How do you know when it’s time for your agribusiness to implement QMS? Ask yourself if you feel like a fireman who is constantly putting out fires; if so, it would behoove you to consider QMS. I believe you’ll find, as I did, that implementing QMS will give your company’s leadership and frontline employees the structure they desire toward a quality output. Everyone will be on the same page, knowing the flow of the business, their role in this process and the anticipated outcomes that will result.

I liken QMS to the white lines along a roadway: they keep us on the straight and narrow and out of the ditch by providing a sight line to follow. I’ve heard others refer to QMS as keeping the General Patton or John Wayne (strong personalities) decisions from de-railing sound business: no one is going rogue. QMS is an internal checks-and-balance system within and across various departments that creates an accountable business culture based on internal auditing and helps your company deliver on its value proposition to the consumer. QMS simply insures “we do what we say we do.”

It won’t be easy. Some individual teammates will baulk; some entire divisions will posit that their area of expertise doesn’t lend itself to standardization. It is not uncommon among a research group to experience push back. Imagine my surprise! Of all the business silos, I expected the R&D group to have the most rigid processes and practices already in place for replication of experimentation. Instead, some researchers felt standardization would limit their freedom to explore and to discover. Through collaboration and open dialogue, we all realized how non-standardization leaves quality and results up for grabs. Standardization doesn’t quell creativity and innovation; it certifies the validity and value of the output.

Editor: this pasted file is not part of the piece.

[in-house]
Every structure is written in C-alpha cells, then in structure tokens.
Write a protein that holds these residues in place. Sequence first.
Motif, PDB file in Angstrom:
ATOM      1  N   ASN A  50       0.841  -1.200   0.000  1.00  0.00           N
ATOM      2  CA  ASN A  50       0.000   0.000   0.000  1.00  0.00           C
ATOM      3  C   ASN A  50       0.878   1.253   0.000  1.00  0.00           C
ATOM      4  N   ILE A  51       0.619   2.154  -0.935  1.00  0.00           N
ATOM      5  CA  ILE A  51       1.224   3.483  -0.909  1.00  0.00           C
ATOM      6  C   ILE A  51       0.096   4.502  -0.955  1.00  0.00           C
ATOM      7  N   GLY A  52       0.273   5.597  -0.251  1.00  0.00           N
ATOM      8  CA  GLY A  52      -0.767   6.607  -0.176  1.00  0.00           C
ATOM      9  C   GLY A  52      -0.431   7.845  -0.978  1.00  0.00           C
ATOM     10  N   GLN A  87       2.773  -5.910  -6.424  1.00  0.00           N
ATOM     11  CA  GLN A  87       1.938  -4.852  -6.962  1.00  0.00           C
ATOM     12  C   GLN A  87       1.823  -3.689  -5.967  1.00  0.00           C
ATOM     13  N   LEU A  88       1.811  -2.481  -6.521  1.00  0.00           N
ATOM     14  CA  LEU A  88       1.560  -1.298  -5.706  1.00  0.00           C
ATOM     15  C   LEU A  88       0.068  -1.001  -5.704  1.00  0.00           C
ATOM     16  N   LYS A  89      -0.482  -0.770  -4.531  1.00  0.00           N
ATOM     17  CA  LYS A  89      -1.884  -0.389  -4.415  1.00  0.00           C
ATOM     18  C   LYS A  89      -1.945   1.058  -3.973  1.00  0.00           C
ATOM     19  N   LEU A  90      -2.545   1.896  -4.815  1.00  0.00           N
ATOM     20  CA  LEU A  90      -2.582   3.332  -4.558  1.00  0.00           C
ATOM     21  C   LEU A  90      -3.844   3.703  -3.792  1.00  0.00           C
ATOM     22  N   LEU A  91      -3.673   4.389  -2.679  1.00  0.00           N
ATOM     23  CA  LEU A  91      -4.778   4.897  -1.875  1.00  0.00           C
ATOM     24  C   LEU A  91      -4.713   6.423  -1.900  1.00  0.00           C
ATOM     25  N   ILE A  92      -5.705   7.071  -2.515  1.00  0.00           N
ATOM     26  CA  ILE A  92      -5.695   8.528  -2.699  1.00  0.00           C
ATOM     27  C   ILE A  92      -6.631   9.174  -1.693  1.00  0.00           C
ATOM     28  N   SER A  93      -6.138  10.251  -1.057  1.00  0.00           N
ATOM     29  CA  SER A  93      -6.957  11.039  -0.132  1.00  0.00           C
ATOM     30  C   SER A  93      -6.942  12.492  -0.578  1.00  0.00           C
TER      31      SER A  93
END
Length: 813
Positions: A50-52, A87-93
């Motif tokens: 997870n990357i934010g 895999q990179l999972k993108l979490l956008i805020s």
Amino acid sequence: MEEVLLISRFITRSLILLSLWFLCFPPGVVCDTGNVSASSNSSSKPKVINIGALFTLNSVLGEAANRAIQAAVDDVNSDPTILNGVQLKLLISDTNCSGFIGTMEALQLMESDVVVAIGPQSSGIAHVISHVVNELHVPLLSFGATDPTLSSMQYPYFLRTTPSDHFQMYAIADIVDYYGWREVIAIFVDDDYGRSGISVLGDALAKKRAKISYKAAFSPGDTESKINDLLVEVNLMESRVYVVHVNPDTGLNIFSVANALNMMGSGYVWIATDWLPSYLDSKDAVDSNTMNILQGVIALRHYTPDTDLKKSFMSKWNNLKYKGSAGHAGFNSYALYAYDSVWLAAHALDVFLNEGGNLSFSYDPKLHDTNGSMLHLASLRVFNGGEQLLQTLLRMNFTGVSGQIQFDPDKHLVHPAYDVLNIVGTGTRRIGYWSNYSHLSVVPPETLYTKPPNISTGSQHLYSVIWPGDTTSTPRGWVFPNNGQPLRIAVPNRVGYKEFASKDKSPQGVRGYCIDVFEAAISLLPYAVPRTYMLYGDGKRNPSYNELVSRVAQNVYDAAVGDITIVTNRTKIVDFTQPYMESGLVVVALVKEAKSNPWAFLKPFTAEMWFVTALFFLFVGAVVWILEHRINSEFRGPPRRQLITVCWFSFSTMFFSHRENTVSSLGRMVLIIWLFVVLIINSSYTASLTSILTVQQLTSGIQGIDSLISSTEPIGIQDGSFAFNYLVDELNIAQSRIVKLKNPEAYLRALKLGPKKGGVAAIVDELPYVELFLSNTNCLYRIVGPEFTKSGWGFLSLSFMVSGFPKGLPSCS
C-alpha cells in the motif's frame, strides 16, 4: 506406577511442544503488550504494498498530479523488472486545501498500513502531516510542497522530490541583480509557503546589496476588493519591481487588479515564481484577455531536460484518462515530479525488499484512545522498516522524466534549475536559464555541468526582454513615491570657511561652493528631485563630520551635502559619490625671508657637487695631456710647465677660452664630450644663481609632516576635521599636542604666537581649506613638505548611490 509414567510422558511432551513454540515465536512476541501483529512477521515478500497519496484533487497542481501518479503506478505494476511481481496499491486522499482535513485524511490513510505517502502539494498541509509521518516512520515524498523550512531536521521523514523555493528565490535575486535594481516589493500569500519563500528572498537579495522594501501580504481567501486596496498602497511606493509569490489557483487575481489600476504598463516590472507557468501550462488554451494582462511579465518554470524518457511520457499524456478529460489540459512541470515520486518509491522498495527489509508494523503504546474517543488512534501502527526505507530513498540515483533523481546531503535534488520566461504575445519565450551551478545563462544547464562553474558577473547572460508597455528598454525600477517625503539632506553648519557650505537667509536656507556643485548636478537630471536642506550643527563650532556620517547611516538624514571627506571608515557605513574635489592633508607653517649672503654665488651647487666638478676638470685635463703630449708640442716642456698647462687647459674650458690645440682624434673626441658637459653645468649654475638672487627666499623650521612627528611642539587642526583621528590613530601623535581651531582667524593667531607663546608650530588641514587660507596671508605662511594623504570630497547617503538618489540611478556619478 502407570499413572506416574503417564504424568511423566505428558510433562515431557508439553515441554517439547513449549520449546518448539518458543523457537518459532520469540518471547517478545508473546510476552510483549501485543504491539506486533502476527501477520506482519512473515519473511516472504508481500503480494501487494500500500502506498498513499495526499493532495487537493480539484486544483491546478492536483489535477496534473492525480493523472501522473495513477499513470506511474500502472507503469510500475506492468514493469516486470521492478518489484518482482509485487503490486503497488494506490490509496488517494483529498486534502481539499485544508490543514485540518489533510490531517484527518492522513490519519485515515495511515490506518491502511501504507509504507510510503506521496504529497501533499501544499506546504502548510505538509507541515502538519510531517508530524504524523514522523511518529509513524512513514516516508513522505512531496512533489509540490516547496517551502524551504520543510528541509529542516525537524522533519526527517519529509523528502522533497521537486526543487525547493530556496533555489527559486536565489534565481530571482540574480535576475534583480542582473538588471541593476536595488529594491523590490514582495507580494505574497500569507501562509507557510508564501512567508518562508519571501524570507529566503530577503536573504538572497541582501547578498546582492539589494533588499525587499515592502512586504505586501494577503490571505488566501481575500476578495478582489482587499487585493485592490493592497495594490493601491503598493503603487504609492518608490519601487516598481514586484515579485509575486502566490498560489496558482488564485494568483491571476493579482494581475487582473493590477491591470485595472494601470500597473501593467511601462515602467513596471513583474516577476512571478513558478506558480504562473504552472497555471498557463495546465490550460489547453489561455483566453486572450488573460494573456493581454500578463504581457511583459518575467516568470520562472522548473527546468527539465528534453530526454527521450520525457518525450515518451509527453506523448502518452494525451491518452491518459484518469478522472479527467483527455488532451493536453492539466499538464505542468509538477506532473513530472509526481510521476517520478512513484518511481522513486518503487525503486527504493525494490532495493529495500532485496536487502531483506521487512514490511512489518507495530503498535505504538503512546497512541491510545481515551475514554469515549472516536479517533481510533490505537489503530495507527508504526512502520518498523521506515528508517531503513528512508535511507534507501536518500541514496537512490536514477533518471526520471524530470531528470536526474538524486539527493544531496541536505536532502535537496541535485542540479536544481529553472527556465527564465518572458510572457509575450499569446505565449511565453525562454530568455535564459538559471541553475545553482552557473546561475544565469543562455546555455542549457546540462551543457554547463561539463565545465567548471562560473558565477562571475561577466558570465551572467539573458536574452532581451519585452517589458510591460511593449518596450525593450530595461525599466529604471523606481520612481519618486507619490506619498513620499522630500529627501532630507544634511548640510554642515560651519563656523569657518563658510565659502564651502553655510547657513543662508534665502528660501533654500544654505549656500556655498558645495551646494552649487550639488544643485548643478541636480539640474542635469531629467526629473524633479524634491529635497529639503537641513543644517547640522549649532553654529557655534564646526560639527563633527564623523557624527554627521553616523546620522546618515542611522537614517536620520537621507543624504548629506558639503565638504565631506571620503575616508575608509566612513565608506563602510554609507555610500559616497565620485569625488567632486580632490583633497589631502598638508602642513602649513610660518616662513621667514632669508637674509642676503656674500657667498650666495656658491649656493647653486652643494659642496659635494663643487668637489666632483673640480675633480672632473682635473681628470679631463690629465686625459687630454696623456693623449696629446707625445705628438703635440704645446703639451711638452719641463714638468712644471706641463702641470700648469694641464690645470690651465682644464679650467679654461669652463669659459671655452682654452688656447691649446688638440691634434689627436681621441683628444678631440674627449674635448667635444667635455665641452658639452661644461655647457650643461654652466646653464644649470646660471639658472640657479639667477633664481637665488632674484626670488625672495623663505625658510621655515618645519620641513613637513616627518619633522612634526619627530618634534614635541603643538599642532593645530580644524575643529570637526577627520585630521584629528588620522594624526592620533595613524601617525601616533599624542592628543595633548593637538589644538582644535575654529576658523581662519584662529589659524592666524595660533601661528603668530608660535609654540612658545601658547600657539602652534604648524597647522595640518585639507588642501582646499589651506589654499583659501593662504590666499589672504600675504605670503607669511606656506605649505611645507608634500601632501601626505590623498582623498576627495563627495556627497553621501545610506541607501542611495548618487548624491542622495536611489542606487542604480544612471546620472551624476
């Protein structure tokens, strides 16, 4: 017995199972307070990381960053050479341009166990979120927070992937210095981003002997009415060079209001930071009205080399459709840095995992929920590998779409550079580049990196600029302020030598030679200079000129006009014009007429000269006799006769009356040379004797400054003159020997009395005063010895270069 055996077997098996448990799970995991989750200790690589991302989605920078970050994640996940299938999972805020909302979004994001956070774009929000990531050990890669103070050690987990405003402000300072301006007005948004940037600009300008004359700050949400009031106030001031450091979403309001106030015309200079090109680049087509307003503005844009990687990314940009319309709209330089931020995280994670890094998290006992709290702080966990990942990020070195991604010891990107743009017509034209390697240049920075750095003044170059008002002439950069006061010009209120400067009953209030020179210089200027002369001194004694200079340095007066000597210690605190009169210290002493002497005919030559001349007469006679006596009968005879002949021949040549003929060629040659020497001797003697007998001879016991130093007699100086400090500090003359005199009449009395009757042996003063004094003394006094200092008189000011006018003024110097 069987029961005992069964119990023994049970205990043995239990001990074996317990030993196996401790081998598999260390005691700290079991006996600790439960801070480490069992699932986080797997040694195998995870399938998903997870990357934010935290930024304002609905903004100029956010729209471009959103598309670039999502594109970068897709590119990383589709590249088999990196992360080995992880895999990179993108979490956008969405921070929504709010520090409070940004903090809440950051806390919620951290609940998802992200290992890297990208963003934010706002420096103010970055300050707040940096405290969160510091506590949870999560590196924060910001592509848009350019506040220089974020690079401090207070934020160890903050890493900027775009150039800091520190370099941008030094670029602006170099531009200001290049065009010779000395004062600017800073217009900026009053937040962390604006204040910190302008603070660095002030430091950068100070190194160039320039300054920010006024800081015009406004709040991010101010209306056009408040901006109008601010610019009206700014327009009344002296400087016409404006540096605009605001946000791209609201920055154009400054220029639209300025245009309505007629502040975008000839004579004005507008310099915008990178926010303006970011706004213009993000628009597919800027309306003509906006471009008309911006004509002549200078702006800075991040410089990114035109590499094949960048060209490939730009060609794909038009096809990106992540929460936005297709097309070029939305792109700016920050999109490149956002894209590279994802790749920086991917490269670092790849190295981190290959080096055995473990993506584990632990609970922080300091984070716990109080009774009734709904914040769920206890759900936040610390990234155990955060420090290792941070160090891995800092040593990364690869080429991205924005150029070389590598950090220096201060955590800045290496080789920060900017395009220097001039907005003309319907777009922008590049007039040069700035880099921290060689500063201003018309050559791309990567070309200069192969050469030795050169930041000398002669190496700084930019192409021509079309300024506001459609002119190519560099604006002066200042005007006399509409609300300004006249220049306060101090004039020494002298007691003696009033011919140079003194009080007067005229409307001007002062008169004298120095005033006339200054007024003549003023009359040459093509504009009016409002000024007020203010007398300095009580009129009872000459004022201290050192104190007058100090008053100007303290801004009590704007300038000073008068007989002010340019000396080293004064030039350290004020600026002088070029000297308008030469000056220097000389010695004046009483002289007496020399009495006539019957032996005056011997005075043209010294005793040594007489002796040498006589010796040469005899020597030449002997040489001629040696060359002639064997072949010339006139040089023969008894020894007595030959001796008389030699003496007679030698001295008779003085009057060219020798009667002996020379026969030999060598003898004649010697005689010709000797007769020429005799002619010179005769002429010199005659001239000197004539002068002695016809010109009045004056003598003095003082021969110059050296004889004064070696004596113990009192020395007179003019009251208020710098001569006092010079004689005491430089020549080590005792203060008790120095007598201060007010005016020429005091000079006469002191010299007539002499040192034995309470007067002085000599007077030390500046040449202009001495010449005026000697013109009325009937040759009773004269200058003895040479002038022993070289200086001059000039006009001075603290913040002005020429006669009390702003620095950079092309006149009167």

The executive resources at Finding Black Ink have the career experiences needed to aid agribusiness owners with the development and implementation of a quality management system (QMS). The core philosophies that guide Finding Black Ink’s experts align with the factors today’s business owners consider daily: objectivity, creativity, integrity, collaboration and market understanding. With Finding Black Ink, you’ll find a fresh and beneficial perspective on achieving your business’ priorities.

Want Alan’s insights on quality management systems? Reach him here.

About Alan D. Ostercamp

Alan’s 44 years in agribusiness have included leadership roles influencing growth, market share and profitability at giants of the seed industry such as RiceTec Inc., Os’Gold and Monsanto. One of his greatest achievements was the harmonization of the many business platforms purchased by Monsanto through the creation and implementation of an ISO 9001 best practices quality management system. That QMS model was then successfully replicated with the startup of mechanized hybrid rice specialty, which innovated production rice agriculture without the benefit of a long institutional history or memory. Alan has served on the American Seed Trade Association Board of Directors, as past president of the Iowa Seed Association and was a member of the AOSCA Plant Review Board and Iowa Crop Improvement Board.